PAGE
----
The trackpad of the Brydge Pro+ has the correct dimensions for the size of the keyboard.
All I’ve mentioned so far is something we could find in previous versions of Brydge Pro for the iPad Pro, because the element that makes the difference and earns the Plus in its name is the trackpad . Many users (including myself) were waiting for the arrival of the mouse function since it was seen in the first betas of iPadOS 13, and that it has improved so much in the latest versions of the operating system allows a greater comfort when using certain applications, mainly those related to office automation such as Word or Pages.
The trackpad isn’t as big as the one we have in the MacBook, but it’s quite correct size considering the dimensions of the keyboard. Its surface is multi-touch, offering the possibility of making gestures with more than one finger to execute actions. We have the possibility of scrolling through a website or text document by sliding two fingers up or down, pressing with two fingers to activate the right click or even activating Exposé by doing tap with three fingers in one of the four corners of the trackpad.
Comparison of Brydge Pro+ trackpad with a 1 euro coin
Brydge advised us to make a number of adjustments to make the trackpad work more smoothly, such as reducing movement in the Accessibility panel. In addition, to configure some gestures it is necessary to activate the AssistiveTouch function. The process for this is fully explained in the user manual included with the purchase of Brydge Pro+, with screenshots for further assistance.
To ensure the correct functioning of the keyboard we will need to have installed the latest available version of iPadOS and downloaded the application Brydge Connect , as the Brydge Pro+ will be receiving updates with improvements and new features from time to time, and to download these updates we will need this app and connect the Brydge Pro+ to the iPad Pro using the included USB-C cable. The update process is very simple and the user is guided at all times.
The application sends notifications to keep us informed of the release of new updates.
The first time I used this trackpad I had mixed feelings because the experience it offered was not what I expected, finding some mistakes. Luckily, it improved significantly after installing the update that Brydge’s team released a couple of days after receiving it. However, there is still room for improvement , as I find some differences between the Brydge Pro+ and a Logitech Bluetooth mouse that I use daily on the iPad Pro, the latter working a little better. If your hands are sweating a lot, I recommend you dry them before using the trackpad, because otherwise it won’t be as accurate.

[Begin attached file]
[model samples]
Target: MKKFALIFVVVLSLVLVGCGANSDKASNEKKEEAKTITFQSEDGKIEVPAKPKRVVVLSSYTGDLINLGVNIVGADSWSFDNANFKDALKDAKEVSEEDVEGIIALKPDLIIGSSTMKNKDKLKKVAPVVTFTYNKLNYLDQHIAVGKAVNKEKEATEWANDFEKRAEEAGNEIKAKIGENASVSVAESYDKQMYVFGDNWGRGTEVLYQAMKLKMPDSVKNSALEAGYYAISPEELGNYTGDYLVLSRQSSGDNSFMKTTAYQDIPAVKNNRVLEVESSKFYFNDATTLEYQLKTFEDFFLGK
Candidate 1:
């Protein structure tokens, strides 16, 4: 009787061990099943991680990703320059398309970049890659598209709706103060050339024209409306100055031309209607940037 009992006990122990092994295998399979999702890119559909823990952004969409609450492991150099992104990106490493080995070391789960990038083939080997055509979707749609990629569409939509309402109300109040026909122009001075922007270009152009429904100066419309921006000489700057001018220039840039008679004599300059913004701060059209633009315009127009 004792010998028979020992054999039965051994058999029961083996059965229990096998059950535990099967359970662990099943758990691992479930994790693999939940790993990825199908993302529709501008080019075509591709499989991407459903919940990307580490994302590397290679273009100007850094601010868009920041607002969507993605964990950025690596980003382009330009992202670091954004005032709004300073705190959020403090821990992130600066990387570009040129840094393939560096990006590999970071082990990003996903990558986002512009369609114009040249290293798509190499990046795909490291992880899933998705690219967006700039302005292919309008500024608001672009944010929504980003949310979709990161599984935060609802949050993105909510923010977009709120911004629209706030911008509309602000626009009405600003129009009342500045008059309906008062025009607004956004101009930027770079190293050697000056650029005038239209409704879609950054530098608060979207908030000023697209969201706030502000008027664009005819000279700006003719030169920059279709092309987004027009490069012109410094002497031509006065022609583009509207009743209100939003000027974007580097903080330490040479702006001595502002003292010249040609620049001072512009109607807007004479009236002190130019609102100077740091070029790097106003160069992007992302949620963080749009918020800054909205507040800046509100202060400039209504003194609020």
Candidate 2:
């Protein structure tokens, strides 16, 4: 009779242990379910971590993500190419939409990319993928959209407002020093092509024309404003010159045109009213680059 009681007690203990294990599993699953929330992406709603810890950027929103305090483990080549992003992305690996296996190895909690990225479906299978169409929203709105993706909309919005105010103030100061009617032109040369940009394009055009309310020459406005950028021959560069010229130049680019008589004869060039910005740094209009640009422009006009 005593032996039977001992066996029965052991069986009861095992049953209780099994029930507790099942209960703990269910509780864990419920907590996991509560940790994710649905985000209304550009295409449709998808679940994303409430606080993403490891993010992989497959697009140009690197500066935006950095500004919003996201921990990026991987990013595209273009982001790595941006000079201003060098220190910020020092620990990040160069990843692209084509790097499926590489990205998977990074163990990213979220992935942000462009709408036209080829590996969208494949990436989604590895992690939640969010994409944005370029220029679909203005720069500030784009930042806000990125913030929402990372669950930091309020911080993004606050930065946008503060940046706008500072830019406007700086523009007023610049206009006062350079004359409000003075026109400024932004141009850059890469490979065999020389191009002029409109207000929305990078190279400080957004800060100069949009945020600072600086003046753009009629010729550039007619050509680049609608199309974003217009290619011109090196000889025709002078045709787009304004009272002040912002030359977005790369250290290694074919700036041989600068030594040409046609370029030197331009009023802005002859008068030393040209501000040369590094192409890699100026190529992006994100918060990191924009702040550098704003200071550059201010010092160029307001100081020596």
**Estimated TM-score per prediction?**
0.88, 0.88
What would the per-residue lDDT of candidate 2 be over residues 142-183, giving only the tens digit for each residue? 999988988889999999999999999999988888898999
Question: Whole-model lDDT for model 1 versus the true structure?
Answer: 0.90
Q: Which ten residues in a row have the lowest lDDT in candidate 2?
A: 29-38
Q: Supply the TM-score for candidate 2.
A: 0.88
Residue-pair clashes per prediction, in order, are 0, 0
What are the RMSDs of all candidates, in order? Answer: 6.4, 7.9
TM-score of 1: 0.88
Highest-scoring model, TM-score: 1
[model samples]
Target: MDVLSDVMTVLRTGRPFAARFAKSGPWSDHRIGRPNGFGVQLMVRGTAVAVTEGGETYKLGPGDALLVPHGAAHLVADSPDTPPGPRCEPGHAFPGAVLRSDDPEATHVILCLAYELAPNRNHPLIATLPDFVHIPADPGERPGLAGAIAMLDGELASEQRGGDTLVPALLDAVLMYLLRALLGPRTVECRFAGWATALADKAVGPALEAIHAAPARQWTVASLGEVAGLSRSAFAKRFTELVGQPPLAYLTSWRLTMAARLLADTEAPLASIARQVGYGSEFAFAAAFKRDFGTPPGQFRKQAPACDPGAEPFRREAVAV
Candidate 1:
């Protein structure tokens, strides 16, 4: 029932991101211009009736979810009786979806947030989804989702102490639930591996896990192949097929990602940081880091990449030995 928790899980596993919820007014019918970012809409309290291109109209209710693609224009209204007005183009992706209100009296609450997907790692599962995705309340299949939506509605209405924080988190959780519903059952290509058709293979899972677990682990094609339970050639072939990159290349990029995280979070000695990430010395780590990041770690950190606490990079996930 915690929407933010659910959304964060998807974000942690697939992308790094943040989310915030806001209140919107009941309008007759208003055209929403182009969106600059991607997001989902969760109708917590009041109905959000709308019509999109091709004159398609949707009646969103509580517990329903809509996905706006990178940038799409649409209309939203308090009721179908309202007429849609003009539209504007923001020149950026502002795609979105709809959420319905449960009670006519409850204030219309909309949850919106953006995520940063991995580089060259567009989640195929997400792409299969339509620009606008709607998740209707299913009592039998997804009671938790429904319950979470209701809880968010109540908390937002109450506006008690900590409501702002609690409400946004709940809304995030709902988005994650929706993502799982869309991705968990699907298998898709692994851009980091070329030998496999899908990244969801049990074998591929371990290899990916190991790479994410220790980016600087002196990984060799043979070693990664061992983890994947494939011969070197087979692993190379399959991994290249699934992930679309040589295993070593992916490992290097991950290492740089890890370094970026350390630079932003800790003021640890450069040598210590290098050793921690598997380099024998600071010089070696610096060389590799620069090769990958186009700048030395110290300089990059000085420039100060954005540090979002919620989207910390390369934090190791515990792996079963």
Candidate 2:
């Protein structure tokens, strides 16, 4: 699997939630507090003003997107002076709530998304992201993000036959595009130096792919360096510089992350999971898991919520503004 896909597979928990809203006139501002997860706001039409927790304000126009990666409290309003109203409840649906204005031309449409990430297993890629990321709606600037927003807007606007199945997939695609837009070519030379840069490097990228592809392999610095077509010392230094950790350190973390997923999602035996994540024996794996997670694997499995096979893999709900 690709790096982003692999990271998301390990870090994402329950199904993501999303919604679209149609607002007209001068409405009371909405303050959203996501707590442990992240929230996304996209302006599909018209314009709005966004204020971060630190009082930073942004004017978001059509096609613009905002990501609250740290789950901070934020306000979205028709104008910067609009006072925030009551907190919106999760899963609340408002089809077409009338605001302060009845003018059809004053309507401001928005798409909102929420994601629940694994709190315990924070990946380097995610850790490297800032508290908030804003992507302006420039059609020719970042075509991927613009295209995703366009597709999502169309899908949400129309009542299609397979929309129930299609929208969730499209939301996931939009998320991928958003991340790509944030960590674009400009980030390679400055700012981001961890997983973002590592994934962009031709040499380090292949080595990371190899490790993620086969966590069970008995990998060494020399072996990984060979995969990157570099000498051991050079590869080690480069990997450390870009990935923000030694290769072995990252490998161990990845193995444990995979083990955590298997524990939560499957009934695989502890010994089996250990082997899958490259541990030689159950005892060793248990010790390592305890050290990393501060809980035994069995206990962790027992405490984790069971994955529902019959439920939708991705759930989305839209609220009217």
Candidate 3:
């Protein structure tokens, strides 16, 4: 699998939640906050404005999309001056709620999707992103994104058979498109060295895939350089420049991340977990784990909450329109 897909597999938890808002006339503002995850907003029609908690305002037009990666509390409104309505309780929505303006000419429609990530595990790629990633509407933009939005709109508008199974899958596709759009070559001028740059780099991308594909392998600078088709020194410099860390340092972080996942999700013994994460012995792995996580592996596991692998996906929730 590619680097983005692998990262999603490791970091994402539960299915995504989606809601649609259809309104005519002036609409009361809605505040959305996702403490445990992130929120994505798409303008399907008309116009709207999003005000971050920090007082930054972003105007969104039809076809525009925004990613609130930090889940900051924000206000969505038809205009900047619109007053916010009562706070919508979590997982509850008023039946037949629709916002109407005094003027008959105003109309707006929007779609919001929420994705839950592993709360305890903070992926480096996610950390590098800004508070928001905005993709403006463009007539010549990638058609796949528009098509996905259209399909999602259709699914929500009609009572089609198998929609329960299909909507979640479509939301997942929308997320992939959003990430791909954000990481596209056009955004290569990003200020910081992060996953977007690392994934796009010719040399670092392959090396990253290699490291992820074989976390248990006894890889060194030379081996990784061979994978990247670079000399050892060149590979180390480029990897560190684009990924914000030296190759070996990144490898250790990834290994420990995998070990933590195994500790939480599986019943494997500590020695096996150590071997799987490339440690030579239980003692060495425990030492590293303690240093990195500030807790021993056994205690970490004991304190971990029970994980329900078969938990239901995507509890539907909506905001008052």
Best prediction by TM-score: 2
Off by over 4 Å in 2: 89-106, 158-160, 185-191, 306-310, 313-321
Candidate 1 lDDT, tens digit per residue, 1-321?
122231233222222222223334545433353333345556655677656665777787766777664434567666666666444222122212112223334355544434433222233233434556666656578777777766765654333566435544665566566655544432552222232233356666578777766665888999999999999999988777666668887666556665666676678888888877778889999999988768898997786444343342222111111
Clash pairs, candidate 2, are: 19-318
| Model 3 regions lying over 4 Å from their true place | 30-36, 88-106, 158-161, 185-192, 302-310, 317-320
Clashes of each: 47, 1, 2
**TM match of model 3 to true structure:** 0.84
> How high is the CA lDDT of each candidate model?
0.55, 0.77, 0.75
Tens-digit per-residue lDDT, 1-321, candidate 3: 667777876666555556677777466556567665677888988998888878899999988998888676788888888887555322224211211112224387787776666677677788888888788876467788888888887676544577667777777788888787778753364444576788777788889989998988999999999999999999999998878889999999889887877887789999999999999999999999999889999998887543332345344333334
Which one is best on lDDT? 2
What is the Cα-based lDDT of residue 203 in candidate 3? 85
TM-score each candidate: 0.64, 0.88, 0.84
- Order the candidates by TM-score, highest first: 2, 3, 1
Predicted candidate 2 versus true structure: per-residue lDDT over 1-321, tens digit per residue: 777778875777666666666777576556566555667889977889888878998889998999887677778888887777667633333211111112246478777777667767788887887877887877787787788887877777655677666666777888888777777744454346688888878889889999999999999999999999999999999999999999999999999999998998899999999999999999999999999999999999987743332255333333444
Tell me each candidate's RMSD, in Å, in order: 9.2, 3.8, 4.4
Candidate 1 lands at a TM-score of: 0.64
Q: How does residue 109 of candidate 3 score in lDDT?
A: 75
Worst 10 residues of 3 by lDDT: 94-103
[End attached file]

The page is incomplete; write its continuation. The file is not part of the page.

Final conclusions and price
After almost a month of daily use of the Brydge Pro+ I have been able to test it in enough time to have an informed and justified opinion. Overall, the experience has been satisfactory : typing with the keyboard is comfortable, and having the keys backlit and a row of function keys is quite useful. Although I would have liked it to be in Spanish, it hasn’t prevented me from using it, although I have had to do trial and error on several occasions to find the odd symbol and punctuation mark.
As for the trackpad, I’ve used it a lot, especially in word processing applications and web browsing. It’s easier for me to select words and apply formatting with the mouse than with my finger on the screen, and when your work is based on writing this is a big reason. However, I have faith that it will continue to improve with future software updates as there are areas to be refined.
Its design makes it fully integrated with the iPad (especially if it is Space Grey), but adds quite a bit of weight to the whole , since the keyboard itself weighs 550 or 690 grams, and if you add the iPad Pro keyboard it is similar to that of an ultra-book type laptop, something that is inevitably noticed when transporting it.
The Brydge Pro+ has two prices depending on the version: 219.99 euros if the iPad Pro we have is 11″ or 249.99 euros if it is 12.9″.
BRYDGE Pro+ – Space Grey Aluminium Bluetooth Keyboard
Today on Amazon for 314.68
This product has been released for testing by Brydge. Please see our corporate relations policy .